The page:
Hi M., When I see parents laugh when their chidren are being brats, especially in public places or in social settings I attribute it to a type of nervous laughter because they don't know how to properly handle the situation. I wouldn't laugh at any behavior that I don't want repeated. Unless of course it was a legitimate accident & my child didn't mean to do something. For example when I was a kid my mom had all 3 of us at the grocery store & one of us accidently knocked down a huge display of Reynold's Wrap. At the moment it happened she was embarrassed but we all laughed about it at dinner. Now if we had done it on purpose, that would not have been a laughing matter. We would have been in trouble for being destructive. I'm sure my parents would have laughed later on about it, but not in front of us. There is a fine line we walk as parents between being too stern & too lax. We all have to find our appropriate balances for our own families.
Sometimes, I'll just wait until we are away from the mix of the situation and then later explain why its not ok to do this or that. The next time my son does it, I'll ask him why that was not ok and he'll usually know and tell me. But, it keeps the yelling out of it and turns it into a teachable time. Hopefully that can help in a situation or two. I think each situation needs to be addressed as you see fit, but we tend to forget their little minds and how they work so differently from mine. And, yes, I have laughed at times when my son would tell me he got in trouble at school for different things (b/c kids are just funny), but later explain why he got in trouble.
It is nice to "lighten up" a situation, especially when someone would otherwise feel very embarrassed about the situation.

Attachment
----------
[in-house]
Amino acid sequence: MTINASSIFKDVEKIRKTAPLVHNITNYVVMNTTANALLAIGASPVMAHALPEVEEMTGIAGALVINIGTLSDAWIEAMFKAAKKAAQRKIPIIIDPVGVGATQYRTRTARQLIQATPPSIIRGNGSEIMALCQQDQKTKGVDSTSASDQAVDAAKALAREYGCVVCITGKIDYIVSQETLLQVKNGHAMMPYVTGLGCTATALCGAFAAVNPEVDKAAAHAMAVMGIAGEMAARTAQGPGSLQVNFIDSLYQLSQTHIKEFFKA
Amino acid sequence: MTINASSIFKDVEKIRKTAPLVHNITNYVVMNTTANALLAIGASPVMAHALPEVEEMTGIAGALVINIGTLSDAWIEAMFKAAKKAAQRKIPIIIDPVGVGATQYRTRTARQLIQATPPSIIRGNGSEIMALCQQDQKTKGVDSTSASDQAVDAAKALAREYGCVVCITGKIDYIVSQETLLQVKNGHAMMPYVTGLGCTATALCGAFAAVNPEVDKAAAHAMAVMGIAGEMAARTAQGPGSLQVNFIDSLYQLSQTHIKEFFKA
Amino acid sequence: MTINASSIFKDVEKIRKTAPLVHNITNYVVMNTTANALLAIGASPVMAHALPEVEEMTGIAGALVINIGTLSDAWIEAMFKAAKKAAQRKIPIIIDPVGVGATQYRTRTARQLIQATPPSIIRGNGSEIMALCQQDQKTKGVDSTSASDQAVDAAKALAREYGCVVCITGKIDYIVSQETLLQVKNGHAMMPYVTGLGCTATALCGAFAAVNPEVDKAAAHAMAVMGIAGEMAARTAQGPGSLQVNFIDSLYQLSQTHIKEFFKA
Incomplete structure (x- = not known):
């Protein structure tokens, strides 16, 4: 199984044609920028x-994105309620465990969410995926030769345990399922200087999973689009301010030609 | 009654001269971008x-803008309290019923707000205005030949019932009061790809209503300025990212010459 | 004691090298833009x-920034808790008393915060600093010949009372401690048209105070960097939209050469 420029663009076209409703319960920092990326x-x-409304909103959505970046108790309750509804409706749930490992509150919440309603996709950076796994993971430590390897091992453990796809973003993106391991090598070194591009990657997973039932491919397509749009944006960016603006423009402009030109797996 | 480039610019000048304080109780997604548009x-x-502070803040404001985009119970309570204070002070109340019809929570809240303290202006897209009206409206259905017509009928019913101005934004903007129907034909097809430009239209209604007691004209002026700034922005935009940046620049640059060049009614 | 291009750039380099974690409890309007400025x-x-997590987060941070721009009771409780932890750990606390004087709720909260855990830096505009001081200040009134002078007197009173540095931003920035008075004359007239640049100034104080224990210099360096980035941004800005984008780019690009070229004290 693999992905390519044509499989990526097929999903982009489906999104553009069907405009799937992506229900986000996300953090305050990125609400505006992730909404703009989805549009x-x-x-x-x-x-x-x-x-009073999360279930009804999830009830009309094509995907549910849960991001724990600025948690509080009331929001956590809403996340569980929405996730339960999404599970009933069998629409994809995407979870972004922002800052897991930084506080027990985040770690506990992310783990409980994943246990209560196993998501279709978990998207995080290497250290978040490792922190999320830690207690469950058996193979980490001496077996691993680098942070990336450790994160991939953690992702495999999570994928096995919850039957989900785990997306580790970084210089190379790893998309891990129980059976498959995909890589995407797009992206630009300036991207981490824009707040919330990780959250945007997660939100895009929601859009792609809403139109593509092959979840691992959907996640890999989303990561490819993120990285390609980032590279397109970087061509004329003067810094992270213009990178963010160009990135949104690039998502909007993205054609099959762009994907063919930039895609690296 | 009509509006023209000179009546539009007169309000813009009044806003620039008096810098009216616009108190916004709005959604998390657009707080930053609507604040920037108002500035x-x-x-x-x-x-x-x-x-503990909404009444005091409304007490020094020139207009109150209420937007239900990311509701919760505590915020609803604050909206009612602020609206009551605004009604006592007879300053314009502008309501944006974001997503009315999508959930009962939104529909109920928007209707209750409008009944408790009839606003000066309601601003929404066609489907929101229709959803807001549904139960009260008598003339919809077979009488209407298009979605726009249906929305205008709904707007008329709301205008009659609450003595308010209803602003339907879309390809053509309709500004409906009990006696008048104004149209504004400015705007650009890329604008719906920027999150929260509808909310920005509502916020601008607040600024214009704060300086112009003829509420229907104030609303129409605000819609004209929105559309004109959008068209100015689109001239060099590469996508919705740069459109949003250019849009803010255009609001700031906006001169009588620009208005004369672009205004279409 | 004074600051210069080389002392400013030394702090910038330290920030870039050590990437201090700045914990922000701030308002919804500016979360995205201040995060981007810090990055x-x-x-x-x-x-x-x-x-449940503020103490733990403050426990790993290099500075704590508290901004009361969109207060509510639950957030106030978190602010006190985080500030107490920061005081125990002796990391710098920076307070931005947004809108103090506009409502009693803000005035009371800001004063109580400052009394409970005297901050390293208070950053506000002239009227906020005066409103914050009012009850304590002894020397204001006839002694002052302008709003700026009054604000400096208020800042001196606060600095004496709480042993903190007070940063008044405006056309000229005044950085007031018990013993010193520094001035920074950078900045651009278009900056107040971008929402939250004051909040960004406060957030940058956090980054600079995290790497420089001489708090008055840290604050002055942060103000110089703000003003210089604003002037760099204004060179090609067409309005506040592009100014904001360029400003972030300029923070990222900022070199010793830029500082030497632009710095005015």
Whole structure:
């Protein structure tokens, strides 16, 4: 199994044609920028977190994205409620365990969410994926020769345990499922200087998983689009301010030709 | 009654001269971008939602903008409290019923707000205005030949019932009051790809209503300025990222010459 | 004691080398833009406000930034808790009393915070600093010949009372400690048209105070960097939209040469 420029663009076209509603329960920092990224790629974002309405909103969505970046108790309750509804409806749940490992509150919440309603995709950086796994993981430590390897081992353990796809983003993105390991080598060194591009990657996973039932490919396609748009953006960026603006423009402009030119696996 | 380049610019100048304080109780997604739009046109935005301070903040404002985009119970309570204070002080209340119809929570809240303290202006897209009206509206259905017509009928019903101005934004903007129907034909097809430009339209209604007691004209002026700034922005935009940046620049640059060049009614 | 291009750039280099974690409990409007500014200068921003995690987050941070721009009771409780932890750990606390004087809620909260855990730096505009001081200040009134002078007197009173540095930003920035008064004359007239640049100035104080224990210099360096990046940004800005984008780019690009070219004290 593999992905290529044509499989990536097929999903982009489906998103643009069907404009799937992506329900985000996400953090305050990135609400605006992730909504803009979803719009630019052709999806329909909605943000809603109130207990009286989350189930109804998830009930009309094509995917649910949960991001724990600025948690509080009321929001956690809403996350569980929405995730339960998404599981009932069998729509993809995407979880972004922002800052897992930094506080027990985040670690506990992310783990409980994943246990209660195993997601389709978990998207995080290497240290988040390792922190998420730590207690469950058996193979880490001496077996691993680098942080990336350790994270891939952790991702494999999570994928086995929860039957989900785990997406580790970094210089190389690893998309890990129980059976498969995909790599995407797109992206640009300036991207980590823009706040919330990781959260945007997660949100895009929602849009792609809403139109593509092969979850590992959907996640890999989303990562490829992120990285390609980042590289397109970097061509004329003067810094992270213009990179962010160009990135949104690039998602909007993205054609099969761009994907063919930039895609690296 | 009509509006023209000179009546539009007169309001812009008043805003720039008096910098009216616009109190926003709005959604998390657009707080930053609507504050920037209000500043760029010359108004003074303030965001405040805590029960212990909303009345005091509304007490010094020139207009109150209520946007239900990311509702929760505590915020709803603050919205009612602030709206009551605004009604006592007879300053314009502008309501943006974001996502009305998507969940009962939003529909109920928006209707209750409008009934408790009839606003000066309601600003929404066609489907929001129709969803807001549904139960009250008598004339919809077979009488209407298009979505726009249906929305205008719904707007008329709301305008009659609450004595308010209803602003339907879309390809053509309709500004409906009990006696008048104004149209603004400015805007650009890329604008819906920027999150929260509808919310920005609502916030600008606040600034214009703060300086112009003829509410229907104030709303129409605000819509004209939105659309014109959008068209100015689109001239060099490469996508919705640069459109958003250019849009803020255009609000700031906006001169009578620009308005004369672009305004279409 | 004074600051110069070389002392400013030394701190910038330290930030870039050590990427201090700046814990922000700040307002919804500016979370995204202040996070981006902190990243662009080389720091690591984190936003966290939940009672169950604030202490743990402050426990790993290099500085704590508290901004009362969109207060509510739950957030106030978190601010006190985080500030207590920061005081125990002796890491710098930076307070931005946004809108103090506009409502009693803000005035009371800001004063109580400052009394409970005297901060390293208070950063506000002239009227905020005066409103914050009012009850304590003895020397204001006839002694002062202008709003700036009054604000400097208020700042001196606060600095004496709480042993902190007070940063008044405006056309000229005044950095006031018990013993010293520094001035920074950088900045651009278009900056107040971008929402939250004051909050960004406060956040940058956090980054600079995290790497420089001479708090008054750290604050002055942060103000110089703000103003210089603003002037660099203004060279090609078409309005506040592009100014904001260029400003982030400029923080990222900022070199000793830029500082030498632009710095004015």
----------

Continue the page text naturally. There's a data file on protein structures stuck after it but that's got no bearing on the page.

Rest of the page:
You are asking what I think but I'm confused when you mention your 2 children, both under the age of 5, being "really big brats." At that age range, I have had to explain myself sometimes. Not all social skills are intuitive to everyone. With problems in the area of social skills with my three boys, I've done things like actually point out "look at me, I said that with a smile -- that means I wanted to get you to laugh (or just lighten up)." You might need to practice telling jokes and discussing what is a "good" joke and what is a "bad" joke (bad ones always make the other person uncomfortable or angry).
I would suggest, with your young ones, to avoid "laughing an issue off." This is a good time (in your children's lives) to explore feelings and what is an appropriate way to react. I am thinking of saying "hey, I know this sounds (seems?) (might feel?) serious, but I can't help but want to calm the tension in the room with something funny, like "I feel like I am being weighed down with all this 'seriousness' in the air and just want to you loosen up and not seem so tense; why don't we each think about this for 5 minutes (or however much time you choose) and then we can discuss this again, okay?"